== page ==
Public sector to avoid budget pay cuts

PUBLIC sector workers will not be targeted for further pay cuts in the forthcoming budget.

Finance Minister Brian Lenihan has told the Irish Congress of Trade Unions that the Government “intends to comply” with the terms of the Croke Park agreement on public sector pay and pensions.

Under the deal, ratified earlier this year, public servants are guaranteed no further pay cuts and no compulsory redundancies up to 2014 provided they co-operate with reforms of the public service that would produce savings.

Speculation had increased in recent days that the Government would seek to revisit or renege on the deal because the hole in the public finances had worsened since it was agreed.

But Mr Lenihan ruled out this possibility in a private meeting with ICTU officials on Monday, details of which emerged last night.

It’s understood he told the unions the reforms envisaged in the deal would have to be implemented speedily to produce the required savings.

A Department of Finance spokesman confirmed there would be no cuts to “the rates” of public sector pay.

“But obviously you can make changes to public sector pay through work practices, which is what Croke Park is all about.”

However, the department does not know how much savings can be achieved. The spokesman said such a figure would not emerge until proposals by individual departments are analysed in the run-up to the budget.

But the decision to leave pay rates untouched will make the budget an even more difficult process for the Government, which has confirmed it will seek more than the €3 billion of cutbacks originally envisaged.

Questioned by Fine Gael leader Enda Kenny in the Dáil whether the revised target would exceed €4bn, Taoiseach Brian Cowen said the Cabinet had yet to decide on the exact amount.

Nonetheless, Fine Gael agreed the cutbacks would have to at least exceed €3bn and the deficit would have to be reduced to 3% of GDP by 2014 in line with EU requirements. But the party said it would make its own decisions on where the cutbacks should occur, and would not agree another Tallaght Strategy with the “discredited” Coalition.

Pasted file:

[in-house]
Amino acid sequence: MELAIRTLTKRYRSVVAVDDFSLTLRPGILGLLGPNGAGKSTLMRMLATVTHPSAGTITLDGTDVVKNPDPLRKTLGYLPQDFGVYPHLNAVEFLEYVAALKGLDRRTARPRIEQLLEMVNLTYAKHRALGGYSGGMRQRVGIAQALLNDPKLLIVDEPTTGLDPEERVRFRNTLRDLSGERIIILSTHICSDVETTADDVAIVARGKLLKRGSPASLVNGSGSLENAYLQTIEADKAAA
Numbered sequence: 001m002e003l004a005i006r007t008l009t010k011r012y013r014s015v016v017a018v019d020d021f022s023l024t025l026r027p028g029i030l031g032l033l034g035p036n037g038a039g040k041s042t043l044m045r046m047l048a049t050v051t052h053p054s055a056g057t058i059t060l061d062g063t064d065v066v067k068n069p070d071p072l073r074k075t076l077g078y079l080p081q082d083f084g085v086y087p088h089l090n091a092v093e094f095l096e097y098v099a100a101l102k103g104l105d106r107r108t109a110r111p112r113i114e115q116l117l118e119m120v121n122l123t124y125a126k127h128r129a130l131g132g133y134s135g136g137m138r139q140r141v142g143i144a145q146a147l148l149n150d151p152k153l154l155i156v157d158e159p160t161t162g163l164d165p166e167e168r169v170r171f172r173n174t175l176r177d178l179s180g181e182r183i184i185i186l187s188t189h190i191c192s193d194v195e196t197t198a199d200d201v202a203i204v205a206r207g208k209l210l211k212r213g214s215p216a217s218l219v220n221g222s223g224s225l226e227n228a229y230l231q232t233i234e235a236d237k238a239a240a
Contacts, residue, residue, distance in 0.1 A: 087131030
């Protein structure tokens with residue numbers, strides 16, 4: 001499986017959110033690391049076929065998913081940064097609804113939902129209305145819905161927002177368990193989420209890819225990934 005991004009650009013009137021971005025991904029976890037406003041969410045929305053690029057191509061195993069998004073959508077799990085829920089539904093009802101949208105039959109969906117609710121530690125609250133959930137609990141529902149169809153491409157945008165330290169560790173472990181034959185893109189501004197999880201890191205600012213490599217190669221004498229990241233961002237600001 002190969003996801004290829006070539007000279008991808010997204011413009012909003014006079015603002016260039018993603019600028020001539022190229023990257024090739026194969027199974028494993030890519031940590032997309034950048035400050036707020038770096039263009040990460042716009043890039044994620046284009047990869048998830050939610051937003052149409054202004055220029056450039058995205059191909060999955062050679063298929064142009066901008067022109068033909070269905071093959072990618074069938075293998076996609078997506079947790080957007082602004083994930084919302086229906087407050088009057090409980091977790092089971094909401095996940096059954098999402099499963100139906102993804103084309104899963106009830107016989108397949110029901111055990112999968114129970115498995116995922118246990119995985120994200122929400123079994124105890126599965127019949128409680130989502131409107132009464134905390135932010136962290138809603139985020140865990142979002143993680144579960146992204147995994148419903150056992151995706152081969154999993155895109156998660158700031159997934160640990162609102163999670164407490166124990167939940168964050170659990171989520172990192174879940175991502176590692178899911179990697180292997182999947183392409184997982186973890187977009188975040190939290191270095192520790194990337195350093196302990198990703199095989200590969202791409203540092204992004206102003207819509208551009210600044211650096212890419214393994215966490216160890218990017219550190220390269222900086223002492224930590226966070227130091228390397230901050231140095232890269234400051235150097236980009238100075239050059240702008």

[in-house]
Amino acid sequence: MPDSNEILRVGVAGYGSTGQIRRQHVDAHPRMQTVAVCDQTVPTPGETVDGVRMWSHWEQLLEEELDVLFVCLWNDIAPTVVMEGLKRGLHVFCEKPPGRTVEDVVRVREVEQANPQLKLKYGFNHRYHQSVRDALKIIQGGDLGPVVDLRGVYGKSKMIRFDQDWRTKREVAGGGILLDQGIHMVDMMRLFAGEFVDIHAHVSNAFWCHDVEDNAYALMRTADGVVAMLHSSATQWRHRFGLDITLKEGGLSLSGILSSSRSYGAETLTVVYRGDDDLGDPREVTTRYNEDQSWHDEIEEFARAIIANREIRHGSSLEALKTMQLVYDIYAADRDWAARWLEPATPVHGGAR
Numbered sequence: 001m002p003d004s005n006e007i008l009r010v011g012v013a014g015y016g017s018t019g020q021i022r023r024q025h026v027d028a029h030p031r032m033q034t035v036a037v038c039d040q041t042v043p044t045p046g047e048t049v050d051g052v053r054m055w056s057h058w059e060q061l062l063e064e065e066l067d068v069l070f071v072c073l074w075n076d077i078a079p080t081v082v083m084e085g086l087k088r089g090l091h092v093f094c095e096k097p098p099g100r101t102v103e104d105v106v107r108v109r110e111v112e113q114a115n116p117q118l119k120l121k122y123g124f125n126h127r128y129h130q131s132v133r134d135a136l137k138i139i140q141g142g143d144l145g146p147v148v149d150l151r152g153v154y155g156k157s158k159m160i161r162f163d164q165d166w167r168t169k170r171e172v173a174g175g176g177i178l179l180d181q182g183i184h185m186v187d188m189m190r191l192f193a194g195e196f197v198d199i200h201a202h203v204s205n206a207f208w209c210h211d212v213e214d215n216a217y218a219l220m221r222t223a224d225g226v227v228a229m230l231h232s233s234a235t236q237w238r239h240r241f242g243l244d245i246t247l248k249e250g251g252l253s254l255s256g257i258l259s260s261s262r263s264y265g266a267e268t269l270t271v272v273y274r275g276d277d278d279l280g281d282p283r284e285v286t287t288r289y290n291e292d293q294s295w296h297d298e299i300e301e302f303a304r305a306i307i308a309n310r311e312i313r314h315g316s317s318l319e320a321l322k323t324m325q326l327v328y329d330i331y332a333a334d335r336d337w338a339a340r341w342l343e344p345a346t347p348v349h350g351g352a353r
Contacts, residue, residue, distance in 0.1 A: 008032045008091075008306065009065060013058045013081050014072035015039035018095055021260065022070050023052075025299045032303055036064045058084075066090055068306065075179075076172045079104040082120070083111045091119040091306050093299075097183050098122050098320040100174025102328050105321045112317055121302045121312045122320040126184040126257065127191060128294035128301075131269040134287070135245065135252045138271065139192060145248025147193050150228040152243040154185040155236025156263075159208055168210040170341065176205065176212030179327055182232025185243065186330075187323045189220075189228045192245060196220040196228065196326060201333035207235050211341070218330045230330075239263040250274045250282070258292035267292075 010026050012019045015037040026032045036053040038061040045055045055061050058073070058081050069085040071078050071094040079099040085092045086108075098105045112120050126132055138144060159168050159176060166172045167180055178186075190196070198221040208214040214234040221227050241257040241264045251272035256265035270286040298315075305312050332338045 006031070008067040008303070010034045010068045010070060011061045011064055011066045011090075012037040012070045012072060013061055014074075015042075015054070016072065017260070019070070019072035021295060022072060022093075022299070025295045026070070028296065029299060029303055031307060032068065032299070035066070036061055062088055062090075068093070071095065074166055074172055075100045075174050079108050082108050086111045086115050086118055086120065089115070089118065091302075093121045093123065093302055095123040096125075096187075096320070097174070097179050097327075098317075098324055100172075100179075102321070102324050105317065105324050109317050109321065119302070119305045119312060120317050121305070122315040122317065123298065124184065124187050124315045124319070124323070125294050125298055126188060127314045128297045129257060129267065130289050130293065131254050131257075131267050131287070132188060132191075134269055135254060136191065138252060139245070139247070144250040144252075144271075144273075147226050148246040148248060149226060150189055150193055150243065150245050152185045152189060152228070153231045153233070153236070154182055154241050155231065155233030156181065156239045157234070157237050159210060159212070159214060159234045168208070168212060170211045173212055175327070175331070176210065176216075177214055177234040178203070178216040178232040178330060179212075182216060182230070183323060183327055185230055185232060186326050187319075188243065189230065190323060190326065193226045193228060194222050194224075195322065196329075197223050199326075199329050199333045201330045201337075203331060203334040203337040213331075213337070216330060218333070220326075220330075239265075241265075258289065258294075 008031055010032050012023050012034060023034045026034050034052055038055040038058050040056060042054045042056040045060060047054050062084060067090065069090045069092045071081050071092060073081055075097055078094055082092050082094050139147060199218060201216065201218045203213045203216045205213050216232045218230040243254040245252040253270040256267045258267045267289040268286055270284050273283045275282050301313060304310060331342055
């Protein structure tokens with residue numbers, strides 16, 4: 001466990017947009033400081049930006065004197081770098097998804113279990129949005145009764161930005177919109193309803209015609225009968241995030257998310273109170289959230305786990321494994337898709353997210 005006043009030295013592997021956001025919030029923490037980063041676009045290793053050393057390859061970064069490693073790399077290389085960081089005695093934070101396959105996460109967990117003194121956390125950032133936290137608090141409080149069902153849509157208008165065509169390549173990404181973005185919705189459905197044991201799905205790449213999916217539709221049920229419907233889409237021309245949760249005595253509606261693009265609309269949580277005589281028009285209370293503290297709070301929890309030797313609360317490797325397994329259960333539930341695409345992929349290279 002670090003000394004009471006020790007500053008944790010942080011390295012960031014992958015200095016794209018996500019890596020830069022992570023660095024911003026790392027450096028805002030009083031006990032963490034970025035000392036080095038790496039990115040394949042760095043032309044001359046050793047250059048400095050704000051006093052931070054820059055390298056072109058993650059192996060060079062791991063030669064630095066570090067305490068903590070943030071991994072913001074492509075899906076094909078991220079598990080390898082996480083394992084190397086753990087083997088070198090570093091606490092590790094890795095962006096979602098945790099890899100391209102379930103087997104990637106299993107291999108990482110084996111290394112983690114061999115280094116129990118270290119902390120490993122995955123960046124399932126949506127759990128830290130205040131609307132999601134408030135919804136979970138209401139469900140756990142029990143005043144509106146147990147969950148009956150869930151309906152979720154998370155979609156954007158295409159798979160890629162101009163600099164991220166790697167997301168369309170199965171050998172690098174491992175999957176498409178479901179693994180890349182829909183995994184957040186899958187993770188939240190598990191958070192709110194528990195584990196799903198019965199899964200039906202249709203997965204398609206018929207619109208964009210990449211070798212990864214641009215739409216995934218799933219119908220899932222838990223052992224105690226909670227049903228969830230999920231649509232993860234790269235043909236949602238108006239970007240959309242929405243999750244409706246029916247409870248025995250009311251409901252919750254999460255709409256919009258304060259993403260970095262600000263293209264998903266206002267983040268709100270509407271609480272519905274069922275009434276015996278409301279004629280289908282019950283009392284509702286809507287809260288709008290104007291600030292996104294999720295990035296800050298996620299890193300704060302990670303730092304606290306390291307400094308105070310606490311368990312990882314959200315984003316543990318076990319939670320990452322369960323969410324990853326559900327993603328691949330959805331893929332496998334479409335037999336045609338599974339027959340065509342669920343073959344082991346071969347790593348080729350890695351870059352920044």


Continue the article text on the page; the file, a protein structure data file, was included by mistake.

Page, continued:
“Fine Gael believes that the adjustment needs to be front-loaded but only to the point where it delivers lower international interest rates on Government borrowing, at the cost of the minimum impact on growth,” the party frontbench stated.

“This will be a difficult judgment call but Fine Gael will make an independent decision and will not be bound by the Government’s targets which they intend setting in November.”

The Government will next month publish a four-year strategy outlining how much each of the next four budgets should cut to achieve the 2014 target.

A Government spokesman last night confirmed the secretary-general of the Department of Finance would write to the Opposition parties offering to “facilitate them with factual information on economic and budgetary matters” in the run-up to the publication of that strategy.

Public servants have already seen two substantial reductions to their salaries – through a direct pay cut in last December’s budget and the imposition of a pension levy earlier in 2009.

But Senator Eoghan Harris last week told the Seanad the Exchequer crisis would only be resolved if the public sector pay bill, which he termed the “elephant in the room”, was further reduced.


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